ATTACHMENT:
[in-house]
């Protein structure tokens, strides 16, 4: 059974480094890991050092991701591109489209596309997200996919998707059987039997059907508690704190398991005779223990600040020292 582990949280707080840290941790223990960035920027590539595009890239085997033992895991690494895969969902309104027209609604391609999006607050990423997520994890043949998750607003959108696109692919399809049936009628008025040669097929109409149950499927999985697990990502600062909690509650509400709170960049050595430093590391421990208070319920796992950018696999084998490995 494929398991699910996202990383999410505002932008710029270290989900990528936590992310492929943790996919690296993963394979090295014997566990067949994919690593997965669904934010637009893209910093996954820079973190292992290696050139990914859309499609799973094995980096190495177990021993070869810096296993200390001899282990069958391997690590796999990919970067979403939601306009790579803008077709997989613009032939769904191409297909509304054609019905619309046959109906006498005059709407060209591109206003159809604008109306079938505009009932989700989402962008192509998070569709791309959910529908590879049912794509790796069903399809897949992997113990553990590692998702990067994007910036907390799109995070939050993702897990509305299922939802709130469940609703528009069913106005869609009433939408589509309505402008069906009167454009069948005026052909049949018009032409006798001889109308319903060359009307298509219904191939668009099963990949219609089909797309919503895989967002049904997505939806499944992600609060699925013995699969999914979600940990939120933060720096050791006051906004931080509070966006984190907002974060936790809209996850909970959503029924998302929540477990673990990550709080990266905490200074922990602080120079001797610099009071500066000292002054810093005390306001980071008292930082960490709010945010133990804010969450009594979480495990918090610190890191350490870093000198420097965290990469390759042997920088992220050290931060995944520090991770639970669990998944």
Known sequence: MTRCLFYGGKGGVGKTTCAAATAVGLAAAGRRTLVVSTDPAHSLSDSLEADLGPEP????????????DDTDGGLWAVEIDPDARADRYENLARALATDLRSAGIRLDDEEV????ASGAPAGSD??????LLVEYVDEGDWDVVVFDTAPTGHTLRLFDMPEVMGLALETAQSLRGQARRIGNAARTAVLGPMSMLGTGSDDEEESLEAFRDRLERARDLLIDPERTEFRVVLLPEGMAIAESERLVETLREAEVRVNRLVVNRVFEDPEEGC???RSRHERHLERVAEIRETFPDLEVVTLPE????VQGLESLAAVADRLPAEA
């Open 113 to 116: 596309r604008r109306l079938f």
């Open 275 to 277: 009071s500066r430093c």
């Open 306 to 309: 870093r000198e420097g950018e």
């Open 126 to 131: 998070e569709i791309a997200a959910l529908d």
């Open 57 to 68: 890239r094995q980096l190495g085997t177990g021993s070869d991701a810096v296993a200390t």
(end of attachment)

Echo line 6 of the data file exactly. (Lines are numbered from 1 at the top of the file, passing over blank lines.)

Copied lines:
């Open 306 to 309: 870093r000198e420097g950018e």